HELLO and welcome to the 240th installment of Things I Read That I Love, wherein I share with you some of the longer-form journalism/essays I’ve read recently so that you can read them too and we can all know more about GOOP! This “column” is less feminist/queer focused than the rest of the site because when something is feminist/queer focused, I put it on the rest of the site. Here is where the other things are.
The title of this feature is inspired by the title of Emily Gould’s tumblr, Things I Ate That I Love.
Home in a Can: When Trailers Offered a Compact Version of the American Dream, Collectors Weekly, May 2017
A very interesting and extensive historical piece about the history of mobile homes, drawn mostly from an interview gay (male) couple who have the most extensive collection of mobile home related ephemera and collectibles in the world!
A Portrait of the Artist as an Undocumented Immigrant, by J.M. Servin from “For Love of the Dollar: A Portrait of the Artist as An Undocumented Immigrant,” excerpted on Longreads, March 2017
A personal essay from Mexican novelist and journalist J.M. Servin on the 10 years he spent living & working illegally in the U.S., at a restaurant and then working for a rich family in Connecticut. The patriarch of the family who hired him was named Gunter.
Rachel Maddow: The Rolling Stone Interview, by Janet Reitman for Rolling Stone, June 2017
I mean how could I not
The Long, Lonely Road of Chelsea Manning, by Matthew Shaerjune for The New York Times, June 2017
I mean… how could I not
The Ken Doll Reboot: Beefy, Cornrowed, and Pan-Racial, by Caity Weaver for GQ, June 2017
Obviously I read this article shortly before writing this article, which has gone viral beyond my wildest expectations.
On Impractical Urges, by Ayana Mathis for Guernica, April 2017
A really great essay from an anthology about women and ambition from the author of an Oprah book club pick.
“You deserve it!” is just one of those things people say, I realize, but it unsettled me. That anyone deserves outsize success, that I deserved a success beyond every fantasy I’d had about the fate of my book, was incongruous with my sense of myself, what I knew about the nature of lived experience and the experience of the people I love most. Those lives are bound up in struggle. Struggle isn’t tragedy. It is necessary to say this because too often the former is conflated with the latter. And too often we create false narratives around struggle; we say that people have “overcome” their circumstances or “overcome” their struggles, when in reality people often manage to survive their circumstances by way of the very mettle or knowledge gained through the circumstances themselves. It is not ever possible to entirely leave behind any aspect of ourselves; we cannot step out of history, personal or otherwise. I come from strugglers. For us, the measure of a life is survival by means of elegant improvisation and wiliness, grace and dignity in the face of difficulty.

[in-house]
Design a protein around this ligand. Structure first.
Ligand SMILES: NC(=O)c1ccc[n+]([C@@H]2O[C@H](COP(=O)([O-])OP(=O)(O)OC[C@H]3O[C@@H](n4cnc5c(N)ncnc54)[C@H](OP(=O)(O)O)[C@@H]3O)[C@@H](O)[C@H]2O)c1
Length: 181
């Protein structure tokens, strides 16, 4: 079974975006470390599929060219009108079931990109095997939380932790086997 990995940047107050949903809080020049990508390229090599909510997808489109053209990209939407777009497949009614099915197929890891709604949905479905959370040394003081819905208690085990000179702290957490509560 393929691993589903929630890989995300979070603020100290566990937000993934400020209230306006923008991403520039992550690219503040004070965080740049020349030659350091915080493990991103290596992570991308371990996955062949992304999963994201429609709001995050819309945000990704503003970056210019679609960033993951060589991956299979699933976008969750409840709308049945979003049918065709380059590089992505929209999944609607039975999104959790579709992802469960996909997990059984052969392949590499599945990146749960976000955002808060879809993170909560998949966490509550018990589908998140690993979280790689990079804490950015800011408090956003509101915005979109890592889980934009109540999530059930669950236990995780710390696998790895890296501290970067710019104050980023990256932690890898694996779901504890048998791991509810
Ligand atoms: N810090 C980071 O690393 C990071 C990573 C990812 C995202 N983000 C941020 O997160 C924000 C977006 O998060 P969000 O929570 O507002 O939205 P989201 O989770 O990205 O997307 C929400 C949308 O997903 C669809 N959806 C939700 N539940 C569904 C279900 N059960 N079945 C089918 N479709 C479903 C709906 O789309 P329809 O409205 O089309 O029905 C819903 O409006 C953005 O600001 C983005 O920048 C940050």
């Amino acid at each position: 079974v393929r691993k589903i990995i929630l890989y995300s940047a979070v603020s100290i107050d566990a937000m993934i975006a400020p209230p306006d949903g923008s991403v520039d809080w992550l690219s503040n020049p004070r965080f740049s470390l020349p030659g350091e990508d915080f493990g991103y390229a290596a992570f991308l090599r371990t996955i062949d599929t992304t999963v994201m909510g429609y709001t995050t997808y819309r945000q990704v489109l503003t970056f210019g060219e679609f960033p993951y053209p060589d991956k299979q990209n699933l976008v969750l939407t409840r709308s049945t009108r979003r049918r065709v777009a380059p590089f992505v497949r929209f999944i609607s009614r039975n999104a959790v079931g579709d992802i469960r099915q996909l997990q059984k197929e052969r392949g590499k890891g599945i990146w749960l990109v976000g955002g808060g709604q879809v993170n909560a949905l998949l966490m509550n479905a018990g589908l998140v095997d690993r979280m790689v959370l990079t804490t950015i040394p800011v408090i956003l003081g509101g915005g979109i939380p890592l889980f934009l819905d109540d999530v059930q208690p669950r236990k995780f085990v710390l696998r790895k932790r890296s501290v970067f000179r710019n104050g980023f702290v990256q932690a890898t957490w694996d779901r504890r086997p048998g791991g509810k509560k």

Interview: Elizabeth Wurtzel, by Liz Phair for Interview Magazine, June 2017
A lot of interviews today! I have a complicated emotional relationship to the work of Elizabeth Wurtzel (there are passages in Prozac Nation and More Now Again and also from this essay she wrote about lesbian folk-rock music that, upon reading them, my life was forever changed, but also everything she’s published online within the last five years has been… bad to underwhelming?) and this is an interesting conversation between her and music icon Liz Phair. IT BRINGS ME BACK, Y’ALL.
Getting In and Out: Who owns black pain? by Zadie Smith for Harper’s Magazine, July 2017
Warning if you haven’t seen Get Out yet, this essay contains a spoiler about one of the movie’s best surprises, which comes near the very end of the movie. So maybe watch the movie before you read this okay.
There are those who think of Frostian woods as the pastoral, as America the Beautiful, and others who see summer in the city as, likewise, beautiful and American. One of the marvelous tricks of Jordan Peele’s debut feature, Get Out, is to reverse these constituencies, revealing two separate planets of American fear—separate but not equal. One side can claim a long, distinguished cinematic history: Why should I fear the black man in the city? The second, though not entirely unknown (Deliverance, The Wicker Man), is certainly more obscure: Why should I fear the white man in the woods?
How to Write Iranian-America, or The Last Essay, by Porochista Khakpour for Catapult, May 2017
Editors who never heard of you or your novel start asking for your essays of Iranian-America. Soon, you are back in that same paper with another essay about, of all things, Barbie’s fiftieth anniversary and somehow you make it also about Iranian-America. You’ve learned to interview your parents and dig up whatever they will give you from their past and add that to messy memories of your childhood and glue it all together: an essay on Iranian-America! Be amazed at how your formula sometimes helps you work out some things, be amazed at how it sometimes seems to help others. Remind yourself this can’t last. Iranian-Americans from all over the country write you and thank you, and you tell everyone this was a nice run—you did your part—and now you will go back to what you were meant to write: anything else.
Gwyneth Paltrow’s Goop conference made me sick, by Claire Carusillo for The Outline, June 2017
This is as glorious and biting as you would expect.